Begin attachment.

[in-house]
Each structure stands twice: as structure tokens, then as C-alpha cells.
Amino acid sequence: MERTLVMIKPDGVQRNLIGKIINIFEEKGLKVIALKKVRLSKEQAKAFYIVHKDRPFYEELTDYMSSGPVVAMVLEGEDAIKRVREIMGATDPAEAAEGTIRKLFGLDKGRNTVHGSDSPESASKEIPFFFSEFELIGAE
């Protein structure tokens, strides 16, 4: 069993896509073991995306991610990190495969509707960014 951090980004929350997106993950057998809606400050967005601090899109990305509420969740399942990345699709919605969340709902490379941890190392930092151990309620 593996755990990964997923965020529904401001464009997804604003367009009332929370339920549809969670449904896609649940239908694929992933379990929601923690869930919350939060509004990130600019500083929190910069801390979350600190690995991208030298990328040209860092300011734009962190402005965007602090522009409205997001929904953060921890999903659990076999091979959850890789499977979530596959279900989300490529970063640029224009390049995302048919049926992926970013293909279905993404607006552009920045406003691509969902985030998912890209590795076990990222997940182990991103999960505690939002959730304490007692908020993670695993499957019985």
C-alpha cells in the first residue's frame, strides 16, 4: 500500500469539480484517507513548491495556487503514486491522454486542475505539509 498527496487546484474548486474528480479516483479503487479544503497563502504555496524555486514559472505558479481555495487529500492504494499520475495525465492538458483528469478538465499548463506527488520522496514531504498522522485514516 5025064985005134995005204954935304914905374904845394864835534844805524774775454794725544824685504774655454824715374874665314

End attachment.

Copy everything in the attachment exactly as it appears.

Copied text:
[in-house]
Each structure stands twice: as structure tokens, then as C-alpha cells.
Amino acid sequence: MERTLVMIKPDGVQRNLIGKIINIFEEKGLKVIALKKVRLSKEQAKAFYIVHKDRPFYEELTDYMSSGPVVAMVLEGEDAIKRVREIMGATDPAEAAEGTIRKLFGLDKGRNTVHGSDSPESASKEIPFFFSEFELIGAE
């Protein structure tokens, strides 16, 4: 069993896509073991995306991610990190495969509707960014 951090980004929350997106993950057998809606400050967005601090899109990305509420969740399942990345699709919605969340709902490379941890190392930092151990309620 593996755990990964997923965020529904401001464009997804604003367009009332929370339920549809969670449904896609649940239908694929992933379990929601923690869930919350939060509004990130600019500083929190910069801390979350600190690995991208030298990328040209860092300011734009962190402005965007602090522009409205997001929904953060921890999903659990076999091979959850890789499977979530596959279900989300490529970063640029224009390049995302048919049926992926970013293909279905993404607006552009920045406003691509969902985030998912890209590795076990990222997940182990991103999960505690939002959730304490007692908020993670695993499957019985």
C-alpha cells in the first residue's frame, strides 16, 4: 500500500469539480484517507513548491495556487503514486491522454486542475505539509 498527496487546484474548486474528480479516483479503487479544503497563502504555496524555486514559472505558479481555495487529500492504494499520475495525465492538458483528469478538465499548463506527488520522496514531504498522522485514516 5025064985005134995005204954935304914905374904845394864835534844805524774775454794725544824685504774655454824715374874665314